Child sexual abuse accusations should always be taken seriously. This is because statistics show that these allegations are more often true than not (1). Child sexual abuse can be a complicated and delicate situation, with survivors of the abuse often struggling with long-term memory, cognitive function, and developmental regression. This can make these allegations difficult to recall, or make survivors feel in doubt about their experience.
If you suspect you are the victim of childhood sexual abuse and are uncertain of next steps to take, you may find helpful resources by calling a sexual assault hotline. The Rape, Abuse, and Incest National Network (RAINN) has proven to be a leader in resources for survivors of sexual assault and abuse. Another option is consulting with a mental health professional, such as a counselor or a therapist.
Many survivors decide that justice and compensation for the abuse they survived is necessary. Sexual abuse can incur many costs related to health and medical services, relocation costs, and impact on quality of life as a result of the abuse. A child sexual abuse lawyer may be able to represent you in your case, and help you find the closure you need.
Navigating the legal waters with a child sexual abuse lawsuit can be intimidating or feel overwhelming. In this article, we explore the definition of child sexual abuse allegations and types of child sexual abuse crimes that may qualify for your case.
Definition of Child Sexual Abuse Accusations
Child sexual abuse accusations occur when an individual or a group of people make allegations about another individual or group relating to actions that legally constitute sexual abuse against a minor.
This type of accusation may include sexual physical contact or intercourse, attempted sexual contact or intercourse, and more. It’s important to note that minors and children, by law, cannot consent to any sexual act, contact, or behaviors, which makes the scope of what constitutes a valid accusation much wider than it may be for adults.
Types of Child Sexual Abuse Crimes
Despite what many think, physical touch is not required in order for an action or behavior to constitute sexual abuse. In the South Carolina Children’s Law Center, sexual abuse crimes against children fall into two main categories: crimes that involve touching or attempted touching (physical contact) and crimes involving no physical touching (solicitation or involvement of media).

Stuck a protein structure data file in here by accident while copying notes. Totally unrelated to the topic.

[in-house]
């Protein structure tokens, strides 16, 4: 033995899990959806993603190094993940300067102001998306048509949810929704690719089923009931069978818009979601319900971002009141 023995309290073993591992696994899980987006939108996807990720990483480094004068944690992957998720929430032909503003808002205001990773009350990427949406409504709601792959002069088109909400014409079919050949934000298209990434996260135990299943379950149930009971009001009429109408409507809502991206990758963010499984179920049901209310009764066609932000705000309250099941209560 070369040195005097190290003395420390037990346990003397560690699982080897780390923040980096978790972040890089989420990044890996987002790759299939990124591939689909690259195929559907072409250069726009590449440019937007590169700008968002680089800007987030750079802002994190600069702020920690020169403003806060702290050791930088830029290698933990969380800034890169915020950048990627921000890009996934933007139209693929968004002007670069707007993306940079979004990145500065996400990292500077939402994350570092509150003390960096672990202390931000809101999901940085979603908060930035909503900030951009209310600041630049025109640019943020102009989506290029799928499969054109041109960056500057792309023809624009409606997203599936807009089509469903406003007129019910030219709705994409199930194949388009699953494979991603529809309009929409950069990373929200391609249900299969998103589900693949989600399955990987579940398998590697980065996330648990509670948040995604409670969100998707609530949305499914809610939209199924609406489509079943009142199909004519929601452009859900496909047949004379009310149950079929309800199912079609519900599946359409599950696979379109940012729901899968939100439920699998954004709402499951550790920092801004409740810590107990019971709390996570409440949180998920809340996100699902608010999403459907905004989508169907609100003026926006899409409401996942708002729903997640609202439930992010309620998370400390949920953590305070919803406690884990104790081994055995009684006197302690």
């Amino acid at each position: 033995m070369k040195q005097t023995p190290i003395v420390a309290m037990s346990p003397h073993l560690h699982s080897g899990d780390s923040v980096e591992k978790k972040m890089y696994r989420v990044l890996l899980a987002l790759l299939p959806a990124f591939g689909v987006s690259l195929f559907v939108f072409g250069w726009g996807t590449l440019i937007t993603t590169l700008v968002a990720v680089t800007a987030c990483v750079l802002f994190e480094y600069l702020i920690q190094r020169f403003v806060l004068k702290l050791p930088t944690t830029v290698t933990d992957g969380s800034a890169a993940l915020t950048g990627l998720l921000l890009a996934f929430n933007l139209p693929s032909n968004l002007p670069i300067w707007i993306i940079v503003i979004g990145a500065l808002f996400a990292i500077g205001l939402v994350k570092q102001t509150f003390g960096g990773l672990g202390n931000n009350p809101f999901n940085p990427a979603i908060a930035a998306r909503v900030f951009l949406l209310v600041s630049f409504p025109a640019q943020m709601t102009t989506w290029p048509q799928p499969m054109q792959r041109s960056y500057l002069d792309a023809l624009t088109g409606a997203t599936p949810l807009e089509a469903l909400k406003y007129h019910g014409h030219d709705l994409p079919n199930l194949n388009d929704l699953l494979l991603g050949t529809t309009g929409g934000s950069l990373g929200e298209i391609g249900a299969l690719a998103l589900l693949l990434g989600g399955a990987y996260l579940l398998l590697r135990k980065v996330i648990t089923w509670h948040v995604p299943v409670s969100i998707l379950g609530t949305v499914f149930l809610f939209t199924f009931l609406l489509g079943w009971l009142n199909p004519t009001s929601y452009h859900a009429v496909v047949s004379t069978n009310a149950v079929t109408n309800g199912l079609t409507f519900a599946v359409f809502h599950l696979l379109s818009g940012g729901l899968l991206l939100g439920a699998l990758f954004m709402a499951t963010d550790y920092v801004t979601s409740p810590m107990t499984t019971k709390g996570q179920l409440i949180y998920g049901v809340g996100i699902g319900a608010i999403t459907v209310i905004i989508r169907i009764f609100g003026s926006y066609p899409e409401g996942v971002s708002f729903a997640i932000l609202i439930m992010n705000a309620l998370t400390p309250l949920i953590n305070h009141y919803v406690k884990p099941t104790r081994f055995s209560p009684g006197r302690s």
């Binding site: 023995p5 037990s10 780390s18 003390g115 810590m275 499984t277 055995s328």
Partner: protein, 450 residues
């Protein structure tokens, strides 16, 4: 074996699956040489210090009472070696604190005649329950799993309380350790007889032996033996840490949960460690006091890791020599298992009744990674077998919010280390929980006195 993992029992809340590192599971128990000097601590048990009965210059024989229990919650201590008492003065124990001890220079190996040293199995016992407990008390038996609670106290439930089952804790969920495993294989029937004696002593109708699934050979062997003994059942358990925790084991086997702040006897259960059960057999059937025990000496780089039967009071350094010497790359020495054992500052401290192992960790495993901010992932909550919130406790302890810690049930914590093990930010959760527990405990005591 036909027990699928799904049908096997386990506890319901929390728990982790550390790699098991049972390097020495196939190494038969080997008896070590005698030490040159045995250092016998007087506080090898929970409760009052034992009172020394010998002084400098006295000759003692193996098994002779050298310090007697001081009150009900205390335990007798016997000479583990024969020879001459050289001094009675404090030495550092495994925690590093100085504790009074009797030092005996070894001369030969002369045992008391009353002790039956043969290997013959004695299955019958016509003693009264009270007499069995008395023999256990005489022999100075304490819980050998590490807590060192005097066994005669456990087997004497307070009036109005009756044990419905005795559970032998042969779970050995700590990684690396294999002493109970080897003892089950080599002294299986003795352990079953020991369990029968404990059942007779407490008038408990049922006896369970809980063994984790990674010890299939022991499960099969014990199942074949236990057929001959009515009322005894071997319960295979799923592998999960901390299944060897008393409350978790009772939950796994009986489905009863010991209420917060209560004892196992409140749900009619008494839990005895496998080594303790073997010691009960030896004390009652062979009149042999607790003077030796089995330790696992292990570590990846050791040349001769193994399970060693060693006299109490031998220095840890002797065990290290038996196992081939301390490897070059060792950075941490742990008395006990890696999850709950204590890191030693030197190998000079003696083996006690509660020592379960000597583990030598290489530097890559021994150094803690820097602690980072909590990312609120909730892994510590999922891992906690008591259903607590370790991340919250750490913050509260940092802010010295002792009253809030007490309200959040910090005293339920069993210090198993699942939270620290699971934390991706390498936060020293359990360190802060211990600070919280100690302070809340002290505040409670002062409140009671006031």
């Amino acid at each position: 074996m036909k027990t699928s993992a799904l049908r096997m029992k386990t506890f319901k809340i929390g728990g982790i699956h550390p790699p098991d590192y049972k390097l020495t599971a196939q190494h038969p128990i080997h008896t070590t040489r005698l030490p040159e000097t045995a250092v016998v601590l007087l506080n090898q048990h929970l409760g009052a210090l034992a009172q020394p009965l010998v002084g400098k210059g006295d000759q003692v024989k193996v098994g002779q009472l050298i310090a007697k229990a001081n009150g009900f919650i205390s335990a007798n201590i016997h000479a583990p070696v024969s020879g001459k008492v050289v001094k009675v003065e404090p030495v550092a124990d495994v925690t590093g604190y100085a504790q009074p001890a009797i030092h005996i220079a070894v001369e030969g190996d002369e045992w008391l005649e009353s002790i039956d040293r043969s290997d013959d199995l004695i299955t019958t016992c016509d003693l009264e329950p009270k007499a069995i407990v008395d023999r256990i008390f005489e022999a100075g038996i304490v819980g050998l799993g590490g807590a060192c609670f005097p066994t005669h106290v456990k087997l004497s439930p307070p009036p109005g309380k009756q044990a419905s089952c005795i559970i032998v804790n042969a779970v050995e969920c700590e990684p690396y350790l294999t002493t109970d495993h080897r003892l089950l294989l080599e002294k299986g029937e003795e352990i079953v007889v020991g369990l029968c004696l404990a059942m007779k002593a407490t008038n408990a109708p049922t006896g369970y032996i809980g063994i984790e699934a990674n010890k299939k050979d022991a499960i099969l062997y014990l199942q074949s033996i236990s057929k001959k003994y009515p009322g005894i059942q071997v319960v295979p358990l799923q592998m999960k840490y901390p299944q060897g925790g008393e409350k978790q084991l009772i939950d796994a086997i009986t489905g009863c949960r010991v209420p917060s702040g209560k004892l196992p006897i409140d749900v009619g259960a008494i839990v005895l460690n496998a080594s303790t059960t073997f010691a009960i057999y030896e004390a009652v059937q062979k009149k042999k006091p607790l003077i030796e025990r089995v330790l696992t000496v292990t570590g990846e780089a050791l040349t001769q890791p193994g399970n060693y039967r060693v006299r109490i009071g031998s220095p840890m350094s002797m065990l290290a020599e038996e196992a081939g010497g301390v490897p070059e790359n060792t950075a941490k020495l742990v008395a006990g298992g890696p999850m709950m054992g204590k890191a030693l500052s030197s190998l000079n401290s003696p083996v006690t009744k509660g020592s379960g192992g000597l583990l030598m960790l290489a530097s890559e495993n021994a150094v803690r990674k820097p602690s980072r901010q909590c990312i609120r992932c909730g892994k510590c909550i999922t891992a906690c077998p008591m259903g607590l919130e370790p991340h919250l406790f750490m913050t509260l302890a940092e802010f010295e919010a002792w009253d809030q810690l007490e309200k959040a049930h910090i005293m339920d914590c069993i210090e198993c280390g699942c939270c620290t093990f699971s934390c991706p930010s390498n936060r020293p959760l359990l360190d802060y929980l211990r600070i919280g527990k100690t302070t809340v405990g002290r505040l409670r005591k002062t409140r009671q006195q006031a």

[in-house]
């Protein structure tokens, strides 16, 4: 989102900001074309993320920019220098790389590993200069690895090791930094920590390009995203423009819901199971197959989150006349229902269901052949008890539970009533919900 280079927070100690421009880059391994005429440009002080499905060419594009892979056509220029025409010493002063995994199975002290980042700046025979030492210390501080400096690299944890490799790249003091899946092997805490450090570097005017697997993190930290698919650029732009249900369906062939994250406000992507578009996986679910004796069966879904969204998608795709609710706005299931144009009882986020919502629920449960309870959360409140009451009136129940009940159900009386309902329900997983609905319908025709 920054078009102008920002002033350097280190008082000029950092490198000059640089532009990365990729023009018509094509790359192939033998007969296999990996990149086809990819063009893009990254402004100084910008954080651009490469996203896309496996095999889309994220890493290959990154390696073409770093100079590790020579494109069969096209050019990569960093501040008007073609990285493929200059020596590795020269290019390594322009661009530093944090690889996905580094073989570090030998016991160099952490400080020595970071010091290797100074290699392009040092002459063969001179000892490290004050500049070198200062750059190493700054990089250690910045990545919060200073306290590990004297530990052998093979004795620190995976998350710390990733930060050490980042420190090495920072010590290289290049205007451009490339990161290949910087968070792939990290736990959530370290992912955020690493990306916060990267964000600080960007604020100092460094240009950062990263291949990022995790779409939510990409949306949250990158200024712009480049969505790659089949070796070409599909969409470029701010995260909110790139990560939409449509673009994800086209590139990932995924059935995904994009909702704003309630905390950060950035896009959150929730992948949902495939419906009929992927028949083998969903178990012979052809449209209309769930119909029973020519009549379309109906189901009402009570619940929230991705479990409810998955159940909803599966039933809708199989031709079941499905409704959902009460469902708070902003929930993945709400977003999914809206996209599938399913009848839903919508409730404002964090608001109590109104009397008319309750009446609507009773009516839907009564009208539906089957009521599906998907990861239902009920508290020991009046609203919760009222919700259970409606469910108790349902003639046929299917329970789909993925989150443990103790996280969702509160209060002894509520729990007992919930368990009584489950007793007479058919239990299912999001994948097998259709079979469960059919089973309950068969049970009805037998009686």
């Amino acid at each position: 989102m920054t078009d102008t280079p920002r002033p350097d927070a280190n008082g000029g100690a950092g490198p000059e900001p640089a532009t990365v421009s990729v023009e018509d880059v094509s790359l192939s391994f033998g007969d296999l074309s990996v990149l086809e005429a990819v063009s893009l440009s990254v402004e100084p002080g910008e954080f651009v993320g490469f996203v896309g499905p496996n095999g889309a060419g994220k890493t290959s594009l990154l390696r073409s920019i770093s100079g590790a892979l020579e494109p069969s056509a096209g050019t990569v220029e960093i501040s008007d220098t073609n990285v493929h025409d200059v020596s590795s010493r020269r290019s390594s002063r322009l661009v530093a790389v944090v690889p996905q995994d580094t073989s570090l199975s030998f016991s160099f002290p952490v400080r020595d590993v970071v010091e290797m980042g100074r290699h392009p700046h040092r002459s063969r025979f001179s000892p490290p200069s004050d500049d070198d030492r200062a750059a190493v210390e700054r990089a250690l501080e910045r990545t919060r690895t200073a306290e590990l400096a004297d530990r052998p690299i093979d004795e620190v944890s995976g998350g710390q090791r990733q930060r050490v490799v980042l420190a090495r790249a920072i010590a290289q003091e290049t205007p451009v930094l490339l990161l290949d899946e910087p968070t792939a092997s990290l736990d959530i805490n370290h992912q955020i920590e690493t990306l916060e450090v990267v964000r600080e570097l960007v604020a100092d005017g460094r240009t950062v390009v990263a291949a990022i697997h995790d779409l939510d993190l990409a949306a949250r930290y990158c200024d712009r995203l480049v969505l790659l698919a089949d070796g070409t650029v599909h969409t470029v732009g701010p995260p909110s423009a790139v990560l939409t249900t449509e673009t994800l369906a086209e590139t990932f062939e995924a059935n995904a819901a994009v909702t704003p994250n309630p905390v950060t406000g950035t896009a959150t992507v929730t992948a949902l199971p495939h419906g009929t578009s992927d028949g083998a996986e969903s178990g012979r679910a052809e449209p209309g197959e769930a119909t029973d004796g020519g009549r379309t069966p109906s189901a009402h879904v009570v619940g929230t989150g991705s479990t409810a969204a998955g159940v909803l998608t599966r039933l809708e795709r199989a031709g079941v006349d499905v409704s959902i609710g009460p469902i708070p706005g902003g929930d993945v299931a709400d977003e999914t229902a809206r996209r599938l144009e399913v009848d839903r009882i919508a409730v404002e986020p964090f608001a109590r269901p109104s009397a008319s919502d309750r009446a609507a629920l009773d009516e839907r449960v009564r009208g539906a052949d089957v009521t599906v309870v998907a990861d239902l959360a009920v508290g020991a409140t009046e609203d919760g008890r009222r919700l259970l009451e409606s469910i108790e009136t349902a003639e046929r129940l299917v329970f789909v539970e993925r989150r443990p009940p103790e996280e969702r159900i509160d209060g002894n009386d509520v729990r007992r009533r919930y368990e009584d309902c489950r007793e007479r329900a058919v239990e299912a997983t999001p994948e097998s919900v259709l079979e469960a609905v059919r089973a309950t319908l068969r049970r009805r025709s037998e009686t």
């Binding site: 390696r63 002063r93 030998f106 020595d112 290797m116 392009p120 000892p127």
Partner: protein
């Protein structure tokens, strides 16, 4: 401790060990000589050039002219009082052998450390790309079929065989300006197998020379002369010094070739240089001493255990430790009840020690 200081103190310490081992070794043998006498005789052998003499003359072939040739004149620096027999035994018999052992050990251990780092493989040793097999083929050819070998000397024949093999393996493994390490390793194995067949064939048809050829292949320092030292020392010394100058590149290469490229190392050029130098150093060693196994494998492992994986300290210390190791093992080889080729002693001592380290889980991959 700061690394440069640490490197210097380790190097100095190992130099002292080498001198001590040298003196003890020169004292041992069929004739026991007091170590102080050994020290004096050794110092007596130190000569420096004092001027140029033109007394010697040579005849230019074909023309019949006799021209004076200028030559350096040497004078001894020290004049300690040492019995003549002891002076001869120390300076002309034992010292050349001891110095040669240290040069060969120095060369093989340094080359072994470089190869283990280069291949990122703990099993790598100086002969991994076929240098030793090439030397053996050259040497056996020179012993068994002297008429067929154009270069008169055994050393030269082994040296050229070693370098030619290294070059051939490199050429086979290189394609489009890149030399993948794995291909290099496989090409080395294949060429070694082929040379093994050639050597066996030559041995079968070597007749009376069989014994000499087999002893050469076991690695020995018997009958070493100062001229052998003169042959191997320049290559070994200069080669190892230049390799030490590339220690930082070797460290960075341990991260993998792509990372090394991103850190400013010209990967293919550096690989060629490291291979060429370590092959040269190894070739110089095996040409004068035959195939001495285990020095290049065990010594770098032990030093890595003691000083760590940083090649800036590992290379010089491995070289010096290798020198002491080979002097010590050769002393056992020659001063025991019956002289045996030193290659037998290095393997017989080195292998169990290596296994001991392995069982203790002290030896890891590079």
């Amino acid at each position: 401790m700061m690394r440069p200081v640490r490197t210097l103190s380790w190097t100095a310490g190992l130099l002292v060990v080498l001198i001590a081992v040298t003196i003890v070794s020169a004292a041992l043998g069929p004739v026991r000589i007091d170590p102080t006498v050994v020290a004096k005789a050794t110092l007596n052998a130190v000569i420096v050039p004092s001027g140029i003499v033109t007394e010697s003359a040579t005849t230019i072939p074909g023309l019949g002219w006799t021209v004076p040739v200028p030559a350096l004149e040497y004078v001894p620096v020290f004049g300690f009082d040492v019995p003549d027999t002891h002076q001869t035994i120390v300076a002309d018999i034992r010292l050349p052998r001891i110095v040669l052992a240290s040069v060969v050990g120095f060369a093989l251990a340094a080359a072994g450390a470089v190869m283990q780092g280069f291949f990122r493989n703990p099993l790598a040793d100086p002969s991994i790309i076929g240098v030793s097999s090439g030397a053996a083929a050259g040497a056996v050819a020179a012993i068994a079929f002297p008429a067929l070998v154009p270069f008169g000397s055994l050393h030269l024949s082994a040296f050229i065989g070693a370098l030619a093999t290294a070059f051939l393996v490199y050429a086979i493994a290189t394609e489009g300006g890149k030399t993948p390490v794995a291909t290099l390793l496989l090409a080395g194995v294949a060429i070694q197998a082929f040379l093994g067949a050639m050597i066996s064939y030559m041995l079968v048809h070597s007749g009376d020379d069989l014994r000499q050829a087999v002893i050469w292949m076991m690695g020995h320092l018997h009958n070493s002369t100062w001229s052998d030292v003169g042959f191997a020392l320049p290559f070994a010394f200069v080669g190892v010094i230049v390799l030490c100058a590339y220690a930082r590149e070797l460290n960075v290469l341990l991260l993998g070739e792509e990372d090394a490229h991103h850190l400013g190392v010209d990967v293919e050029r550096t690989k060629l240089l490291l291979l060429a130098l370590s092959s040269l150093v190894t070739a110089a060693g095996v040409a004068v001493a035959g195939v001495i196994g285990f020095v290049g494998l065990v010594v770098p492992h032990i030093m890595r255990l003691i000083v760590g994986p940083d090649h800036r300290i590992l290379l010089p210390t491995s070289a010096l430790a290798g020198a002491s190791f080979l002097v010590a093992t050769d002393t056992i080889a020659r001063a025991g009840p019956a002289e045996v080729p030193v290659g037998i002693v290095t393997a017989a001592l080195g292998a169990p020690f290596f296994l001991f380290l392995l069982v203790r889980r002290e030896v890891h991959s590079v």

Crimes Involving Physical Contact
In South Carolina, there are two types of crimes that involve physical touch: penetration and non-penetration offenses. In South Carolina, the most serious offense in child sexual abuse crimes is Criminal Sexual Conduct (CSC) with a minor.
‘CSC’ is a term that encompasses when the perpetrator commits sexual battery (including multiple types of intercourse, mouth-to-genital contact, or any intrusion of any part of a minor’s body except for medically recognized treatment or diagnosis) on a child.
These crimes are divided into subcategories based on the age and relationship between the perpetrator and the survivor. For example, South Carolina recognizes child sex abuse crimes where the survivor was under the age of eleven as a First Degree CSC Type One, and sexual battery with a student as Second Degree CSC Type One.
Crimes Without Physical Contact
These crimes prohibit solicitation and child pornography. This can include coercing a minor to make, view, or distribute child pornography. The state of South Carolina recognizes the intricacies of these cases, making its definition of what constitutes solicitation quite broad. It can be an offense to:
- Communicate or attempt to communicate with a minor under the age of eighteen for the purpose of coercing or persuading them to engage in any sort of sexual activity
- Photograph or videotape minors engaging in sexual activity, particularly when it comes to real or simulated sexual activity
With such broad definitions of what constitutes child sexual abuse in South Carolina, it’s important to discuss your options with a mental health professional and legal representation to determine your options for next steps.
Seek Representation at Strom Law
At Strom Law, our team understands these sensitive cases should be handled with empathy and be survivor-focused. Surviving child sexual abuse can impact your life in ways that make it difficult to heal or meet your goals in life. If you are a survivor, you may be able to receive justice or financial compensation for any expenses you’ve incurred as a result of sexual abuse.
For more information, contact the law offices of Strom Law today.
- Cyr M, Bruneau G. False allegations of child sexual abuse. In: St-Yves M, Tanguay M, eds. The Psychology of Criminal Investigations: The Search for the Truth; 2008:199-228.